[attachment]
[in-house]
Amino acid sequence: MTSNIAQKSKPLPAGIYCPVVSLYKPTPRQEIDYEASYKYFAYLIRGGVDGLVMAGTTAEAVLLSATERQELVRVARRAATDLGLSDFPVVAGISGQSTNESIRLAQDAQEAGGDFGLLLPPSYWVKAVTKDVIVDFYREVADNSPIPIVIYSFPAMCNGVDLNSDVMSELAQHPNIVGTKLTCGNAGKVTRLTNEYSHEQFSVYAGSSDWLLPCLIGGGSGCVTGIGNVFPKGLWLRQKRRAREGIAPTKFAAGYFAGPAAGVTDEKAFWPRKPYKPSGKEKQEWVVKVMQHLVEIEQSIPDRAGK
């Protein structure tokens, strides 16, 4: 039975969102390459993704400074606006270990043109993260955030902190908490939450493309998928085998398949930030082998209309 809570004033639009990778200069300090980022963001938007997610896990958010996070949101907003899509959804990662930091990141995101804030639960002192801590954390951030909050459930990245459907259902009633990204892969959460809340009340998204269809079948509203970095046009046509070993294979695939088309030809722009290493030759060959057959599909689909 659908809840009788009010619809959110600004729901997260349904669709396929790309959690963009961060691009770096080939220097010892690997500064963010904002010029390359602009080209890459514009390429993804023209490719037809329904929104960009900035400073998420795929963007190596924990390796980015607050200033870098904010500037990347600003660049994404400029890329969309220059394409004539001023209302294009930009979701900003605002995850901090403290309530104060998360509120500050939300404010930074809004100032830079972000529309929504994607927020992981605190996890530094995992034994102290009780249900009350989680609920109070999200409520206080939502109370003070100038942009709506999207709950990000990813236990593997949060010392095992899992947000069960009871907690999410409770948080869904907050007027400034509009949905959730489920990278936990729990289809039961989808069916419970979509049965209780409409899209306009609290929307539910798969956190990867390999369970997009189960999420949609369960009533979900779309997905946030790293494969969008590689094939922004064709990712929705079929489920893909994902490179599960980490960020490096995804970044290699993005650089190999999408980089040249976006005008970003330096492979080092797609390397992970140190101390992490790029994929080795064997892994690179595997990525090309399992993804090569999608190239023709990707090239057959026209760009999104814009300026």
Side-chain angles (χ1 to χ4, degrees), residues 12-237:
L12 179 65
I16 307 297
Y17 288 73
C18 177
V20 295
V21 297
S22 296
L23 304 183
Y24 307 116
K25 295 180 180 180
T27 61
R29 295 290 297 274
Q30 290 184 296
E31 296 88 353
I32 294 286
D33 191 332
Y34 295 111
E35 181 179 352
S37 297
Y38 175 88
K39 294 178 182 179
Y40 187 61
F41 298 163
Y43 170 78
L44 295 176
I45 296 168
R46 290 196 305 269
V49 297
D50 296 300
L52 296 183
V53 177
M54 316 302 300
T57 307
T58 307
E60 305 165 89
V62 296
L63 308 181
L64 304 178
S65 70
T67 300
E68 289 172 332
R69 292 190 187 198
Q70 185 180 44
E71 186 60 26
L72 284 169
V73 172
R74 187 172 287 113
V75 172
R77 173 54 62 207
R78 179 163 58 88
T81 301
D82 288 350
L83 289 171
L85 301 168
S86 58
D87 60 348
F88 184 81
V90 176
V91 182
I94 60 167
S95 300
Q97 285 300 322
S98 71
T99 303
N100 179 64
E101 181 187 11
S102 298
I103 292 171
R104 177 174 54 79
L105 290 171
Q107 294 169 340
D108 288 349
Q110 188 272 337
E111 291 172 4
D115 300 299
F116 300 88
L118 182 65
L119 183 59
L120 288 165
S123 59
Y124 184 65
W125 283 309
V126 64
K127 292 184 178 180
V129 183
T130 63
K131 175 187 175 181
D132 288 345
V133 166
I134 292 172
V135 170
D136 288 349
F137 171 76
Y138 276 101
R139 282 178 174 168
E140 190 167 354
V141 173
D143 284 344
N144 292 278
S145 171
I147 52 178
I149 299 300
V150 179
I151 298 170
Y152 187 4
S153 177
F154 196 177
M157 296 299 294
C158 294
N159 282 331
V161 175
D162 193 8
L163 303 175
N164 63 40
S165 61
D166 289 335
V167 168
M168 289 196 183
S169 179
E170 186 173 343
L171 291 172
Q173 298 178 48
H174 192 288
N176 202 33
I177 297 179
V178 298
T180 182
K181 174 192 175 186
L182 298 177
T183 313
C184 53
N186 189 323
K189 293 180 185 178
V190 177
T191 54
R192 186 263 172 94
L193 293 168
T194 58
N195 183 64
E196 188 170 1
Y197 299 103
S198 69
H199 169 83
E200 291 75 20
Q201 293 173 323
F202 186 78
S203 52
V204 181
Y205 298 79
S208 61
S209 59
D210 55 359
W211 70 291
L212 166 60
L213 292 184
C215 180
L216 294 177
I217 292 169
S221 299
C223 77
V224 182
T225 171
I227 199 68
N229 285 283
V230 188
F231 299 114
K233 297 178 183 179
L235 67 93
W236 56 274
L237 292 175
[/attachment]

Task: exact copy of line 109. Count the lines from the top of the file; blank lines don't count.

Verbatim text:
Y152 187 4